3:34 PM, May 7, 2015 • By JERYL BIER
Rural Alaska is well known for its wolves, bears, and moose, but the Environmental Protection Agency (EPA) has set its sights on a considerably smaller creature: the bed bug. The EPA is prepared to award a grant of up to $100,000 to help Alaska Native Village communities to right bed bug infestations by "break[ing] down barriers to effective bed bug management."
The project, expected to last two years beginning in October 2015, will be a test case and resource for similar programs elsewhere in Alaska. The grant proposal lists four main goals:
-Identify appropriate roles of various organizations and regulatory agencies with respect to bed bugs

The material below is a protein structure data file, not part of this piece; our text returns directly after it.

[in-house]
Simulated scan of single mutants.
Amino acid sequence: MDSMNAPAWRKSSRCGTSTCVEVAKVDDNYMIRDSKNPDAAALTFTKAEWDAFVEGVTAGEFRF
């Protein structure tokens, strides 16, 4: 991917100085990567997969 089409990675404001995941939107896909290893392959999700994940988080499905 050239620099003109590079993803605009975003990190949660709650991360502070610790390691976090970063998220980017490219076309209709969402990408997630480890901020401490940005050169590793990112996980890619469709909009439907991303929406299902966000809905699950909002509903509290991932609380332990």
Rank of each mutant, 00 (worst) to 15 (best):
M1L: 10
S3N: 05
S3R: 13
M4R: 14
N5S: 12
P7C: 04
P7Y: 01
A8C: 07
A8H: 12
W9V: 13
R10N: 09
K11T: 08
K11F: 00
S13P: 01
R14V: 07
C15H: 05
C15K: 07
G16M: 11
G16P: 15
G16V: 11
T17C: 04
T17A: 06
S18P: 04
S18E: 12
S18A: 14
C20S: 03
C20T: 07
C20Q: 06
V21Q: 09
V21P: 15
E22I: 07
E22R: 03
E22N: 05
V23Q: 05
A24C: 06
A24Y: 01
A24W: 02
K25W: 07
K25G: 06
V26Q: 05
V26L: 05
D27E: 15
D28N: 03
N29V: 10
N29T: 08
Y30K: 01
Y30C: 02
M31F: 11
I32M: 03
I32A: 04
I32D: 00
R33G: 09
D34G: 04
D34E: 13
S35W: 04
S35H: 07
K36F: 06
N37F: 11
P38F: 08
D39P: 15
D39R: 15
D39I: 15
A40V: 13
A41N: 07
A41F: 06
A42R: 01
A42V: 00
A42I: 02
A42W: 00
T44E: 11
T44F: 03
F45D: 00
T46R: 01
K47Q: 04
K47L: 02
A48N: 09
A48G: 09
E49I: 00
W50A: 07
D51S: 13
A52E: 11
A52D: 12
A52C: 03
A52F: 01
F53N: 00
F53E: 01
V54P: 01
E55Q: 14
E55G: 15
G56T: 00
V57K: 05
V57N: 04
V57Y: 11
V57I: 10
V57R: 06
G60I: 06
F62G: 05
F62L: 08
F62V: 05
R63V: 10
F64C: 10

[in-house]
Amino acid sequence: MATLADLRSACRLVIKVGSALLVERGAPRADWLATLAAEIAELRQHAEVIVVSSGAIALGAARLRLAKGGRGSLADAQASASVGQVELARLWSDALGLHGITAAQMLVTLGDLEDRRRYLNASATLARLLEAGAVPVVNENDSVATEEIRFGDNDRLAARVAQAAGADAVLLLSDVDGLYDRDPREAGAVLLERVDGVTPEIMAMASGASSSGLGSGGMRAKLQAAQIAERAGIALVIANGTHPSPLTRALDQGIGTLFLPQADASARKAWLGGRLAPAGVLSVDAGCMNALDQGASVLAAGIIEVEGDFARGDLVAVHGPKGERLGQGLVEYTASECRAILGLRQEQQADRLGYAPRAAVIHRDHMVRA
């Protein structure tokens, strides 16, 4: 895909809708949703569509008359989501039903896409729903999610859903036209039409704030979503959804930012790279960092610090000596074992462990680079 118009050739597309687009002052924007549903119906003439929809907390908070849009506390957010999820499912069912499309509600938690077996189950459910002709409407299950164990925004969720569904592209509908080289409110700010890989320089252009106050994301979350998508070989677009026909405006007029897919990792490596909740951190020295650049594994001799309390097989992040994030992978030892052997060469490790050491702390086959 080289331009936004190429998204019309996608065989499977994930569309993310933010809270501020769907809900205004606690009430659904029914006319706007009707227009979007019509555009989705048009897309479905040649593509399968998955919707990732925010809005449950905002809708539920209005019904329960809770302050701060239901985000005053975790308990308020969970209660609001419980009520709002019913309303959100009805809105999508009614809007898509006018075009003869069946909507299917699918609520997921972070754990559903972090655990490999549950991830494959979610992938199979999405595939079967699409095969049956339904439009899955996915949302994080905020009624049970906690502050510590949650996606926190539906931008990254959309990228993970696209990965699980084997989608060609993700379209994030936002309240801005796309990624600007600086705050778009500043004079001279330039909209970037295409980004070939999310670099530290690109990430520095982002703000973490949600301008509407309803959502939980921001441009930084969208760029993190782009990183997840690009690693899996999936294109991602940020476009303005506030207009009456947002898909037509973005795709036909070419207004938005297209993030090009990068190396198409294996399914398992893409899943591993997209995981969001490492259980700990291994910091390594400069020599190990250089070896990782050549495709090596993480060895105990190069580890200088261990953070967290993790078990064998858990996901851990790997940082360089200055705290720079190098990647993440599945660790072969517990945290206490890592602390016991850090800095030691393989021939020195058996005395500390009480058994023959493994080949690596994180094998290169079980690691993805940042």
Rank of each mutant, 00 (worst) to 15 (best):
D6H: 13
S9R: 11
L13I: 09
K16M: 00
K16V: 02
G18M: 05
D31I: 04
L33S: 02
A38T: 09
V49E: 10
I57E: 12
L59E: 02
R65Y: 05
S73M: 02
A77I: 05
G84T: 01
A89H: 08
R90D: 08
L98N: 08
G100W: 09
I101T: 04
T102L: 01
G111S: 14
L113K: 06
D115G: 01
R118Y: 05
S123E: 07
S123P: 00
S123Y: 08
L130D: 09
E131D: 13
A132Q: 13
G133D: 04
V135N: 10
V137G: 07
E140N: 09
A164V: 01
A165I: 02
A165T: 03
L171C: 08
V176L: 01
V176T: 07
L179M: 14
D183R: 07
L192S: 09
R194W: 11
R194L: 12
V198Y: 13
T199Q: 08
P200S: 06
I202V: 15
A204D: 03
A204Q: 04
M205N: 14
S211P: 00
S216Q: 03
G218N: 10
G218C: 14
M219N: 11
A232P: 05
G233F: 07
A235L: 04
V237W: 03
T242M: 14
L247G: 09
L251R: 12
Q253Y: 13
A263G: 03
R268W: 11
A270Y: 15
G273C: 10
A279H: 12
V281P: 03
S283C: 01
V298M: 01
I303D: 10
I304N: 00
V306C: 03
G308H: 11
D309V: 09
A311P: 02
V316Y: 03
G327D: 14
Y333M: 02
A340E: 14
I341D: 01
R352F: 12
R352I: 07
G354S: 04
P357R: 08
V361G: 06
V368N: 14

-Identify the bed bug treatment, education, and outreach services needed in rural Alaska
-Provide communities in rural Alaska with effective tools and accurate information to address bed bugs when an infestation occurs
-Use integrated pest management principles in the approach to dealing with bed bugs
Specific activities may include creating "culturally appropriate educational materials, providing supplies "such as interceptors, laundry bags", developing a "village action plan" to deal with outbreaks, and "identify[ing] how pesticides for bed bugs are being used and disposed of throughout the state."
The Alaska Dispatch News reported last year that the prevalence of bed bugs was up significantly in the past decade:
In Anchorage, the city logged 68 bed bug complaints in 2013, a decrease from the 84 in 2012. There was just one complaint in 2007 and 2008 combined, according to city data...